Rating: *** Suggested Age: 13
Summary: “After faking their deaths to escape from prison, Ember Miller and Chase Jennings have only one goal: to lay low until the Federal Bureau of Reformation forgets they ever existed. Near-celebrities now for the increasingly sensationalized tales of their struggles with the government, Ember and Chase are recognized and taken in by the Resistance—an underground organization working to systematically take down the government. At headquarters, all eyes are on the sniper, an anonymous assassin taking out FBR soldiers one by one. Rumors are flying about the sniper’s true identity, and Ember and Chase welcome the diversion….Until the government posts its most-wanted list, and their number one suspect is Ember herself. Orders are shoot to kill, and soldiers are cleared to fire on suspicion alone. Suddenly Ember can’t even step onto the street without fear of being recognized, and “laying low” is a joke. Even members of the Resistance are starting to look at her sideways. With Chase urging her to run, Ember must decide: Go into hiding…or fight back?” (Summary found on Goodreads).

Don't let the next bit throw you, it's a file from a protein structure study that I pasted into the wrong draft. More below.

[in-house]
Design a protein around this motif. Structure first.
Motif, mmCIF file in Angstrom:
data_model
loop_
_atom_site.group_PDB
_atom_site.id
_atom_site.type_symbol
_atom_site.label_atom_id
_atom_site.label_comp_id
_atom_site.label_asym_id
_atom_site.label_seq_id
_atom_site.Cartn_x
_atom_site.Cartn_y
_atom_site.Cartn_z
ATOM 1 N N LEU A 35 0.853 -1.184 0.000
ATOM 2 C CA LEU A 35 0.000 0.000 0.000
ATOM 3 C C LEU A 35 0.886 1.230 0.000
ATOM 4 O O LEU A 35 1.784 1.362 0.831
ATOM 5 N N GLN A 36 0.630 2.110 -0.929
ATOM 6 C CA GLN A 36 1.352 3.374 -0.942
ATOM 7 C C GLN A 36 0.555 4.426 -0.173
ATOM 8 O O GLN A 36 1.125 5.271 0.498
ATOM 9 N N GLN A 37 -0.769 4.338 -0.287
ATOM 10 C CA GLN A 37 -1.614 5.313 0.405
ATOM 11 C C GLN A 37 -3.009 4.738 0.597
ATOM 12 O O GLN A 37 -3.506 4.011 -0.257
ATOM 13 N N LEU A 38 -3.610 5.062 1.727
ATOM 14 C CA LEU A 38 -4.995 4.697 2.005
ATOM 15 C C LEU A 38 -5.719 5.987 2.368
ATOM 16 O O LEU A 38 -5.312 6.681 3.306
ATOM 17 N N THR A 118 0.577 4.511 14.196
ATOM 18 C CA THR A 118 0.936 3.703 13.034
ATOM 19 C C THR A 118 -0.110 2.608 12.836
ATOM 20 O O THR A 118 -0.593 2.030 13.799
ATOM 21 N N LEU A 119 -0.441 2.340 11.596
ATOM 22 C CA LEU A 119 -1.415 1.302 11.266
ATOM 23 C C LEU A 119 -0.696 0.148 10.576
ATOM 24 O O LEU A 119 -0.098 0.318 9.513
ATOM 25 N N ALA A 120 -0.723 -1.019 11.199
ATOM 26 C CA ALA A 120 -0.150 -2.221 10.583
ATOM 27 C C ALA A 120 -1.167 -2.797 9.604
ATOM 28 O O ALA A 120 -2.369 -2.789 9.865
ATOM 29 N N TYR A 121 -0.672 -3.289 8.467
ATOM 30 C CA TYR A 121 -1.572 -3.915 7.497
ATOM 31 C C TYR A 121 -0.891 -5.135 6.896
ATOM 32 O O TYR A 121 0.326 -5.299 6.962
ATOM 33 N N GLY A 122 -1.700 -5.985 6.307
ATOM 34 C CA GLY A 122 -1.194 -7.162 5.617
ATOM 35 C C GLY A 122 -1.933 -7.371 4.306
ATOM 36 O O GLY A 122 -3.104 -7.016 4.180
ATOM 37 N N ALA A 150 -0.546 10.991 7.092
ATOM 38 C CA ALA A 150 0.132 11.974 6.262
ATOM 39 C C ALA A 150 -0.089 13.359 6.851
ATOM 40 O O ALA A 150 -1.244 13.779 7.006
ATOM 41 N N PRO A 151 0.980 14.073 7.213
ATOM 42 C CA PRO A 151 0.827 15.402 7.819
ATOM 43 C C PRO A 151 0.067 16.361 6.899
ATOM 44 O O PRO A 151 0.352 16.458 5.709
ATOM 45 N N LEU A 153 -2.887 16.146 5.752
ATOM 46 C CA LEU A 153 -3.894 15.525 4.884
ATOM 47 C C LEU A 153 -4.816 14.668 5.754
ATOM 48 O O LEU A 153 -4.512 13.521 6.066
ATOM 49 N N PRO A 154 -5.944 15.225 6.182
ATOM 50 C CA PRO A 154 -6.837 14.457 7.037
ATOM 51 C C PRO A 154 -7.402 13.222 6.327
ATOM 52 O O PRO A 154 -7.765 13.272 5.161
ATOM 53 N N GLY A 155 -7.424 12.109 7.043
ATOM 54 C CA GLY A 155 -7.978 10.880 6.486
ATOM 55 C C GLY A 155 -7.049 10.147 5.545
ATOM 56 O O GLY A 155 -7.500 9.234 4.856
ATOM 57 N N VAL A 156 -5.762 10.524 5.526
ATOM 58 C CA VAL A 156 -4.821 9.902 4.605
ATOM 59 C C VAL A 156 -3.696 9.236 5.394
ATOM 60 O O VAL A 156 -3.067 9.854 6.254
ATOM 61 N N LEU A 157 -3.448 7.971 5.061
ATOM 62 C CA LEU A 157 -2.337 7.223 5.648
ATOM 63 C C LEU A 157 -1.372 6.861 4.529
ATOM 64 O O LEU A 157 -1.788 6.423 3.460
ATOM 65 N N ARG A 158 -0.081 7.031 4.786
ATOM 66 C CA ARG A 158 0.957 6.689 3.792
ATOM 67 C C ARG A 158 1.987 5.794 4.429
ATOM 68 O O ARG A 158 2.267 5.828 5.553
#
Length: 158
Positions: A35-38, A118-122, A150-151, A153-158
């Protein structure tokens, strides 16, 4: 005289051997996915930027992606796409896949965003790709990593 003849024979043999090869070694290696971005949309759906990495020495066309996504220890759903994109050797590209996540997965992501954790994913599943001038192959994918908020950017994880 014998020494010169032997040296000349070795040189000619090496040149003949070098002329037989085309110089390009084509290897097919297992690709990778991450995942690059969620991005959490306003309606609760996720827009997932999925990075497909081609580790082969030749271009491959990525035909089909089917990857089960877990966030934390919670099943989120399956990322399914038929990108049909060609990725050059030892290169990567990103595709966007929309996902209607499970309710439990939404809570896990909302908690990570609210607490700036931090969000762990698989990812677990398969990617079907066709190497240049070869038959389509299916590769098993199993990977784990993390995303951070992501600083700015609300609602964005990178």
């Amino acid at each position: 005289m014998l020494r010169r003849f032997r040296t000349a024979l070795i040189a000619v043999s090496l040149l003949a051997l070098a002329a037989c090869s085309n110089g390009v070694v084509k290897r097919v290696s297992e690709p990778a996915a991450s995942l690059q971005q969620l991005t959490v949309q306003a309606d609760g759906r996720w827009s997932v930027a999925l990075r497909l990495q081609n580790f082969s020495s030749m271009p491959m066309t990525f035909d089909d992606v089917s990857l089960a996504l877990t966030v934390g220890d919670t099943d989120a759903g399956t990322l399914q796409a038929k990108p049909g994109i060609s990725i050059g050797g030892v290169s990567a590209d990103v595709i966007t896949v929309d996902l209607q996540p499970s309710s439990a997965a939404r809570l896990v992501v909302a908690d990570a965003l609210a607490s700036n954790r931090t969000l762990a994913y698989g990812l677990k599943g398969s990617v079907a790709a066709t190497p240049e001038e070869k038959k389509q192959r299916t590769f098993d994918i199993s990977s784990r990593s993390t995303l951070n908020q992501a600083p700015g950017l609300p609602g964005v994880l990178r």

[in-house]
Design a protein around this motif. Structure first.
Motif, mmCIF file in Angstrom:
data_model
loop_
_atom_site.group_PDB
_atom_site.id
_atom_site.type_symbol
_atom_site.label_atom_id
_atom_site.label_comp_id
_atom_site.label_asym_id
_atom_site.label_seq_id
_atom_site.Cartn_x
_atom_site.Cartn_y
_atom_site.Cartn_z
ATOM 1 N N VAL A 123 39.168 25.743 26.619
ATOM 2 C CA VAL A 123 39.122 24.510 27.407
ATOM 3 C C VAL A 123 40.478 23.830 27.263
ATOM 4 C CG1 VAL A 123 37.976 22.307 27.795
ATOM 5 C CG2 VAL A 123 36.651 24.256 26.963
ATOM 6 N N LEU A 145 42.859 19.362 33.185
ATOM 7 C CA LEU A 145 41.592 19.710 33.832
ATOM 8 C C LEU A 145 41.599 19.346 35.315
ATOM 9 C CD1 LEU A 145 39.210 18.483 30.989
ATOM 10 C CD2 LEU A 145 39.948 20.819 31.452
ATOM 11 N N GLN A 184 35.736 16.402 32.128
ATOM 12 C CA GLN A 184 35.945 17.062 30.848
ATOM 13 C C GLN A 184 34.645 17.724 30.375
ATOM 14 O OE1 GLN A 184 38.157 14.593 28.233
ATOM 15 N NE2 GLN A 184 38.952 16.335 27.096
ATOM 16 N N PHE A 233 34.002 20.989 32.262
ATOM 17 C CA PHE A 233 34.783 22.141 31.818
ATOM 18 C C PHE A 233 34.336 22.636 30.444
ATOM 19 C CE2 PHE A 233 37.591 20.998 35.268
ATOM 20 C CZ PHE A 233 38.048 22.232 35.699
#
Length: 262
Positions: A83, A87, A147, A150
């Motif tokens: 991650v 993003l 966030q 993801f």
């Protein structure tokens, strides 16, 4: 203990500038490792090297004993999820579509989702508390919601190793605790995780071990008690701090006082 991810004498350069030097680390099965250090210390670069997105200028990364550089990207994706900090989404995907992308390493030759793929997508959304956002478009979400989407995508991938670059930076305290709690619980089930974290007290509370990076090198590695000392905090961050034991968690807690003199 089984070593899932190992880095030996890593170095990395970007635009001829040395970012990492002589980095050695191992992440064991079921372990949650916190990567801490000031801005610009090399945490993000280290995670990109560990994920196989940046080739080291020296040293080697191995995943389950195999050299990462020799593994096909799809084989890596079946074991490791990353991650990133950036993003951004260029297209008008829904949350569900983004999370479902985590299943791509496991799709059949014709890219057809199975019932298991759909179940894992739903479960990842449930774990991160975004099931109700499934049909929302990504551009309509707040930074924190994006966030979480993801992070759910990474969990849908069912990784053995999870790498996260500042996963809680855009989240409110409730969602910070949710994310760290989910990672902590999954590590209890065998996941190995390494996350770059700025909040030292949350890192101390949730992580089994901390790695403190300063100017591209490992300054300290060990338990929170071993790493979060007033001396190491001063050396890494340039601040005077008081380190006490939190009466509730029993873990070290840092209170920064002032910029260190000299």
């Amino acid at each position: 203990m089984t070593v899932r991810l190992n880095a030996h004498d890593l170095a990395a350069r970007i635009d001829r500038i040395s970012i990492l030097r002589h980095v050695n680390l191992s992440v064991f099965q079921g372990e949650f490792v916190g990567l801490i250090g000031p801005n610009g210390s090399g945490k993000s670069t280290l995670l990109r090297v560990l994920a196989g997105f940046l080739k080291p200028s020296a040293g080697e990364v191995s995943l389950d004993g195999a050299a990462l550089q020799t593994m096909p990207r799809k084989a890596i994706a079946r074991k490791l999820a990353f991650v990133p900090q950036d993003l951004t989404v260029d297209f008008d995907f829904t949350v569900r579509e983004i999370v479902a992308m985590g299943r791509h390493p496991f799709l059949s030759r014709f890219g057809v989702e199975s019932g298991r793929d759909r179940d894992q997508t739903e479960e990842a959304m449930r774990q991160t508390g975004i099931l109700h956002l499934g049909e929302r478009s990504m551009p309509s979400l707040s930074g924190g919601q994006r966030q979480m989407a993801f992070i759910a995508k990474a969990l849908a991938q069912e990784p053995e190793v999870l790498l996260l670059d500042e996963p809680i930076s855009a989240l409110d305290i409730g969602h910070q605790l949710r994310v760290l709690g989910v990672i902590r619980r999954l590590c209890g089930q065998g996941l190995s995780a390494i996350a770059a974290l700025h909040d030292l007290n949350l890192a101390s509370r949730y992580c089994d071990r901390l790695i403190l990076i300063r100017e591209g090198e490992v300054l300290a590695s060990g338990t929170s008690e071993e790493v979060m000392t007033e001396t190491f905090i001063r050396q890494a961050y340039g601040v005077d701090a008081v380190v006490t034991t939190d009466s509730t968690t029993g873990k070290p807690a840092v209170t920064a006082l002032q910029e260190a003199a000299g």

This series is rather unappreciated and I’m beginning to understand why. The first book, Article 5, was actually fairly good, but Breaking Point is the usual, boring, cliche-filled dystopian novel. Ember, the main character, isn’t a very strong person and is rather annoying at times. I found the majority of the parts boring and confusing. Article 5 was so much better and kept me on the edge of my seat. Breaking Point didn’t seem to move the plot forward and lacked the excitement I needed. As for the cliches? The “bad guys” are reminiscent of pretty much every dystopian government that exists in the young adult fiction world. There is a lack of creativity in this series and that is why I will not be picking up the next book.
With that said, I did enjoy a few parts of the book, earning in three stars. I liked Sean (a secondary character) because he seems to genuinely care for the other characters. He’s a good friend and he just seems like such a well-rounded person. Part of me wishes that the book was from his perspective or that he was the love-interest. Sadly, that’s not the case and it wouldn’t work well anyway. I also appreciated some of the scenes. About 3/4s of the way through the book, I was mildly captivated and I read the rest in a day.
I think it is books like these, the cliches, that are ruining the dystopian genre for me. It’s overdone and it doesn’t have enough creativity anymore.